New York, and until July, Maryland, were out of line with a trend that goes back more than two decades, said Susan Sommer of Lambda Legal, counsel to Brooke S.B., the New York plaintiff. The plaintiff, Brooke Barone, was one of two women who the New York Court of Appeals said had grounds to seek visitation of children to whom their former female partners gave birth while they were together. The Maryland Court of Appeals, overturning a 2008 decision, unanimously ruled that judges may consider whether a person is a “de facto” parent in custody and visitation cases.

In 1995, the Wisconsin Supreme Court announced a test for “de facto” parental status to assess whether a non-biological, same-sex parent had standing as a person entitled to custody or visitation, Sommer recalled. The test imposed four conditions for “de facto” parental status: That the biological or adoptive parent consented to the establishment of a parent-like relationship with the child; that the petitioner and child lived together in the same household; the petitioner assumed parental obligations by taking “significant responsibility” for the child’s care, education and development without expectation of financial compensation; and the petitioner had been in a parental role for a length of time “sufficient to have established” a bonded, parental relationship.

A number of other courts and legislatures adopted the Wisconsin test, she added, for example, Delaware and then New Jersey in 2000. In the following decade or more, many other states also recognized nonbiological parental status, including Rhode Island, Colorado, Massachusetts and Washington state, she said. “Post-Obergefell, decisions came down out of the Oklahoma and Kansas high courts that did recognize the parental status of the intended second parent. And we see a lot of decisions also coming from lower appellate courts.”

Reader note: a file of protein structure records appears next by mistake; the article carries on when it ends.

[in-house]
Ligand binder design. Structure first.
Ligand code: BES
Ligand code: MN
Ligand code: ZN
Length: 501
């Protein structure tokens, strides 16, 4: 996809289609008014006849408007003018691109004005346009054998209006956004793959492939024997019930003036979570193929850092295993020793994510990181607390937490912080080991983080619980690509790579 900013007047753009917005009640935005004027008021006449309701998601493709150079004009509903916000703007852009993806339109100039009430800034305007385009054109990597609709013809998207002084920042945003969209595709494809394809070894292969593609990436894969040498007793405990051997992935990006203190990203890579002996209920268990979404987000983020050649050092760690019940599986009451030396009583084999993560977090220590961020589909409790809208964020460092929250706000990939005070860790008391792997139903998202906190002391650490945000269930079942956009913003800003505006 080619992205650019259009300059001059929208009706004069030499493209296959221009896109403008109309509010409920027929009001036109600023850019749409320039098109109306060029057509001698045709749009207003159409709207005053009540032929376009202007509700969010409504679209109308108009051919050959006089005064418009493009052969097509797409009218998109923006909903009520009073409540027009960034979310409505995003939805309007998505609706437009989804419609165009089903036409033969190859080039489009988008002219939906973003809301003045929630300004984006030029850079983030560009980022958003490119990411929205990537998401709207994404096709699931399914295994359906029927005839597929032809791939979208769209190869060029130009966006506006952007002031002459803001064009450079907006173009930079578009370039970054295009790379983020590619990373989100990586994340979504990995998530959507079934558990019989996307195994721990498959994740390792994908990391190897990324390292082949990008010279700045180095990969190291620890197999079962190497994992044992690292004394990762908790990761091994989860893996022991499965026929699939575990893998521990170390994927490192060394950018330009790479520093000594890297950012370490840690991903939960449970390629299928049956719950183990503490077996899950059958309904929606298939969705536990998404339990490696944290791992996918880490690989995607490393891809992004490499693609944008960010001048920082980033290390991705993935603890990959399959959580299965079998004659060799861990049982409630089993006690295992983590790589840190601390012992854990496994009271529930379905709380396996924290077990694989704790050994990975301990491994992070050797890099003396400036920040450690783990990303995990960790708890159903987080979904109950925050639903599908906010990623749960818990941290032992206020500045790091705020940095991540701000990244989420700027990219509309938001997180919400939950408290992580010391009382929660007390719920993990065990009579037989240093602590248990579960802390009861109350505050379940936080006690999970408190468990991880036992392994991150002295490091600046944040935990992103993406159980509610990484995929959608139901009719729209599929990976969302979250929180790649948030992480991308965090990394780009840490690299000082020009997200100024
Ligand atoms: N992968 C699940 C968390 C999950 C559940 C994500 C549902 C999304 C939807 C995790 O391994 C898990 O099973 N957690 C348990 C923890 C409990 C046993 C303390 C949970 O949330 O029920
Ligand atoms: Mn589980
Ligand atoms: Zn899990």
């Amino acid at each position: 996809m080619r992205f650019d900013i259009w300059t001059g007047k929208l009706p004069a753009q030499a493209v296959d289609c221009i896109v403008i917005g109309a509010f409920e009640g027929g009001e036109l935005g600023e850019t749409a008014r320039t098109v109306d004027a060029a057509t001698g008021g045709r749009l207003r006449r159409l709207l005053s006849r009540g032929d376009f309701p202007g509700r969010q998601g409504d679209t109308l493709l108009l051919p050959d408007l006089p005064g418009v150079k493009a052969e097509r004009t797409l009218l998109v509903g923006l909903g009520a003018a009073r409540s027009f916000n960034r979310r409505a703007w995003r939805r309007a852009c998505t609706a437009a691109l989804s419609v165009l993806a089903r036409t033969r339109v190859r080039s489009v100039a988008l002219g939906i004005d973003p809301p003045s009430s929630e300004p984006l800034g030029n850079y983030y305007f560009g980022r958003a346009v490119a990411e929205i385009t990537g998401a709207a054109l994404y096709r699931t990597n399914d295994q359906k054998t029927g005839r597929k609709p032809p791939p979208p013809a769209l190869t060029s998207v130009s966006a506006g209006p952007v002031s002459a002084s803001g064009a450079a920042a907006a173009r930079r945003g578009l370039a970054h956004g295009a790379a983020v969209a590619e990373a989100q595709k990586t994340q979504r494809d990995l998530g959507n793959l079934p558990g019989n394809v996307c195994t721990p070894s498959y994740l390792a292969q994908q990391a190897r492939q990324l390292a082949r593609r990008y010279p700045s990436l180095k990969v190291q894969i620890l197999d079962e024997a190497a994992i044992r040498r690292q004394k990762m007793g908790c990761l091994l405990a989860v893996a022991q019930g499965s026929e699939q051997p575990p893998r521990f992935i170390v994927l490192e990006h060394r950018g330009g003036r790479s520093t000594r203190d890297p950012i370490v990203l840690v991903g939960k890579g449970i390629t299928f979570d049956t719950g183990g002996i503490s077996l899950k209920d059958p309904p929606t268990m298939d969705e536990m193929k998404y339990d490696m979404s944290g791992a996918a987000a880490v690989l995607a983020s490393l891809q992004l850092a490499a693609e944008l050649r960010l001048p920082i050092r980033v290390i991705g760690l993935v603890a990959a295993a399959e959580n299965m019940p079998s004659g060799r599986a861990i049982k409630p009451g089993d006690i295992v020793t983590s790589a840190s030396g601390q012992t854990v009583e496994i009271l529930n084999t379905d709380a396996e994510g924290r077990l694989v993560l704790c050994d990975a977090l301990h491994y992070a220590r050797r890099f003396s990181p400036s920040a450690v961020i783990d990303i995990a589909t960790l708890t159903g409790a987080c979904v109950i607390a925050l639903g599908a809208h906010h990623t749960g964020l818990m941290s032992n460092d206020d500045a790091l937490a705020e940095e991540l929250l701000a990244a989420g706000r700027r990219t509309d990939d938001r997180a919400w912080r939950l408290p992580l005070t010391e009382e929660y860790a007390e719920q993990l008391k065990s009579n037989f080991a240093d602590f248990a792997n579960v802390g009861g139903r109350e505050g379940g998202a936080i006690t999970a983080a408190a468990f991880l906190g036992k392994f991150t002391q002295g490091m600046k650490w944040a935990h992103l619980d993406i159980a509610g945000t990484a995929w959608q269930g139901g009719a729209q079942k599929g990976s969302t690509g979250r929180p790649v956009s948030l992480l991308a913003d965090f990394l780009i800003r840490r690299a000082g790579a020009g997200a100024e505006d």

The standards or tests applied to these cases vary, but “they generally boil down to consent of the legal parent to the formation of a parent-child relationship,” Sommer said.  In New York as elsewhere, courts are generally coming to honor the emotional bond between children and their parental figures regardless of genetic or adoptive relationship.

In March, the U.S. Supreme Court in V.L. v. E.L. became tangentially involved in parenting issues when it unanimously ruled in an unsigned opinion that the Alabama Supreme Court was wrong when it refused to give full faith and credit to a judgment by a Georgia court making a woman the legal parent of the three children she had raised with her same-sex partner, the biological parent, since birth. She had sought visitation rights after their relationship ended.

Sommer sees the state court decisions as part of a “national unfolding of respect for same-sex families and parenting.” Obergefell, she said, helped tremendously with its recognition of the dignity and equality of same-sex couples, particularly those with children. But there are still many exceptions, both Minter and Sommers agreed. Litigation in Michigan, for example, is not very promising.

“I do think there’s greater hope that courts will become increasingly receptive and understanding of these issues,” Sommer said. “It’s also recognition that there are many diverse forms of family, children being raised by parents who are not their genetic, adoptive or married parents. It’s a much more child-focused standard.”